Yi Ming | Vision Times
Recently, news of parents killed by their teenage children was reported widely throughout China. These incidents stunned the public. Some Hong Kong media lamented that with so many cold-blooded young killers spreading throughout China, something has happened to the education in China.
Not long ago, a 13-year-old boy from Jianhu County, Jiangsu Province, was suspected of killing his mother with a kitchen knife because he was unhappy with her discipline. The incident stirred up public opinion again. Sadly, this was not the first tragedy of children killing parents.
On the evening of December 31 last year, in the Santang Town of Hengnan, Hunan Province, Luo, a 13-year-old boy, fled after killing his parents with a hammer over family disputes. On the afternoon of January 2 this year, Hengnan police arrested him in Dali, Yunnan.
On the evening of December 2, 2018, a 12-year-old boy from Wuhushan Town, Yiyang City, Hunan Province, killed his mother with a knife. The boy said indifferently: “I have not killed anyone else, and the one I killed is only my mother.”
On the evening of December 5, 2018, a resident of Wenxing Town was at home and was killed by his 13-year-old son.
On December 8, 2017, a 13-year-old boy from Wenxing Town, Dazhu County, Sichuan Province, killed his mother at home, cut her head off and threw it into a bucket of feces. He then recorded a video and posted it on WeChat.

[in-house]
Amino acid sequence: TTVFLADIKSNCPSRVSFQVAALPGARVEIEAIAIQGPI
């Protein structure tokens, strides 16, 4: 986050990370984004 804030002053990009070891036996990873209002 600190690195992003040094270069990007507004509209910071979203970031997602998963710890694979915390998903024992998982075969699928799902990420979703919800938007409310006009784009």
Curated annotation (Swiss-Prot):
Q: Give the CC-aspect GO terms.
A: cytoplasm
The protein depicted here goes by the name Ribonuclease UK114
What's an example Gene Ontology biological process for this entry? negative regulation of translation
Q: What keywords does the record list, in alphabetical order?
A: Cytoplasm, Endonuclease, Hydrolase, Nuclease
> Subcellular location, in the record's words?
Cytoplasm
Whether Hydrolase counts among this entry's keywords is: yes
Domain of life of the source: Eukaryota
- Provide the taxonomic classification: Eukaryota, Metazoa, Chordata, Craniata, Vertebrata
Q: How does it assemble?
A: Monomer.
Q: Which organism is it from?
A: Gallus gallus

These shocking events are truly thought-provoking. Childhood and teenage years should be an age of innocence, but something has turned these innocent children into demons. This makes people wonder what is happening in today’s Chinese society and what is behind the real cause of all these tragedies.
Some Hong Kong media said that while society is lamenting the juveniles’ killing sprees, it should be engaged in some re-thinking and ask when did the Chinese children become so cold-blooded and so indifferent to family relationships? When did the children start to be so hateful to their loved ones and what has happened to China’s education system?
Parents entrust their children to the school and hope that the children will gain knowledge, but the result is that the nation’s growing flowers are being cultivated into beasts. Shouldn’t these incidents make schools reflect?
In today’s society, the culture of cyberbullying is rampant; when the whole society is full of greed for pleasure and money-chasing, it is almost impossible for children’s psychology to gain positive energy from that situation. There are few ethics in a morbid society.
In the cases of minors killing their parents, the Chinese Communist Party (CCP) propaganda regulators do not allow the media to report on these cases, and the ones transmitted through private channels are only the tip of the iceberg, but it is already quite horrifying.